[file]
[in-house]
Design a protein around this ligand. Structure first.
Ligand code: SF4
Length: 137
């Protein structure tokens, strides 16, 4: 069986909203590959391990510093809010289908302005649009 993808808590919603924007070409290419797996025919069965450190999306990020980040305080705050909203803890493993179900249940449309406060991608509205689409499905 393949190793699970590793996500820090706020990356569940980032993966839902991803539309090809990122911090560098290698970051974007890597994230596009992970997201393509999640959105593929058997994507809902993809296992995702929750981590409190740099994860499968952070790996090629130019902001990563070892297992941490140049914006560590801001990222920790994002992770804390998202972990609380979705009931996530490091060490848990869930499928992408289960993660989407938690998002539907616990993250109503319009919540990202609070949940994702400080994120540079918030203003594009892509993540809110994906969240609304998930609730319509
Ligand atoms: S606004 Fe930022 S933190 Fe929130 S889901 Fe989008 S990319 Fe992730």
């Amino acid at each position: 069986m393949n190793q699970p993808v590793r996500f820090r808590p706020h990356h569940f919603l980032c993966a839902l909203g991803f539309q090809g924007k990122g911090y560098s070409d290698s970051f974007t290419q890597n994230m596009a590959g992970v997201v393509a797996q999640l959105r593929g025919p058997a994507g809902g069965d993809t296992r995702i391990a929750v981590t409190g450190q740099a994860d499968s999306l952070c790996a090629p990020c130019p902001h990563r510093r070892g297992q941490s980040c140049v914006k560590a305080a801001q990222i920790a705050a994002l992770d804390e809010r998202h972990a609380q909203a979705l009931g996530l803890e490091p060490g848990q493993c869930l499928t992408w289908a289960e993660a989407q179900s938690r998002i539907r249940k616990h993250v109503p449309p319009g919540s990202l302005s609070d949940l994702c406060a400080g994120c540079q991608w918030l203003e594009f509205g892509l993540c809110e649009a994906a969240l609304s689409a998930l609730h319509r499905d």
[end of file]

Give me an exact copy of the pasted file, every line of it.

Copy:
[in-house]
Design a protein around this ligand. Structure first.
Ligand code: SF4
Length: 137
């Protein structure tokens, strides 16, 4: 069986909203590959391990510093809010289908302005649009 993808808590919603924007070409290419797996025919069965450190999306990020980040305080705050909203803890493993179900249940449309406060991608509205689409499905 393949190793699970590793996500820090706020990356569940980032993966839902991803539309090809990122911090560098290698970051974007890597994230596009992970997201393509999640959105593929058997994507809902993809296992995702929750981590409190740099994860499968952070790996090629130019902001990563070892297992941490140049914006560590801001990222920790994002992770804390998202972990609380979705009931996530490091060490848990869930499928992408289960993660989407938690998002539907616990993250109503319009919540990202609070949940994702400080994120540079918030203003594009892509993540809110994906969240609304998930609730319509
Ligand atoms: S606004 Fe930022 S933190 Fe929130 S889901 Fe989008 S990319 Fe992730």
């Amino acid at each position: 069986m393949n190793q699970p993808v590793r996500f820090r808590p706020h990356h569940f919603l980032c993966a839902l909203g991803f539309q090809g924007k990122g911090y560098s070409d290698s970051f974007t290419q890597n994230m596009a590959g992970v997201v393509a797996q999640l959105r593929g025919p058997a994507g809902g069965d993809t296992r995702i391990a929750v981590t409190g450190q740099a994860d499968s999306l952070c790996a090629p990020c130019p902001h990563r510093r070892g297992q941490s980040c140049v914006k560590a305080a801001q990222i920790a705050a994002l992770d804390e809010r998202h972990a609380q909203a979705l009931g996530l803890e490091p060490g848990q493993c869930l499928t992408w289908a289960e993660a989407q179900s938690r998002i539907r249940k616990h993250v109503p449309p319009g919540s990202l302005s609070d949940l994702c406060a400080g994120c540079q991608w918030l203003e594009f509205g892509l993540c809110e649009a994906a969240l609304s689409a998930l609730h319509r499905d």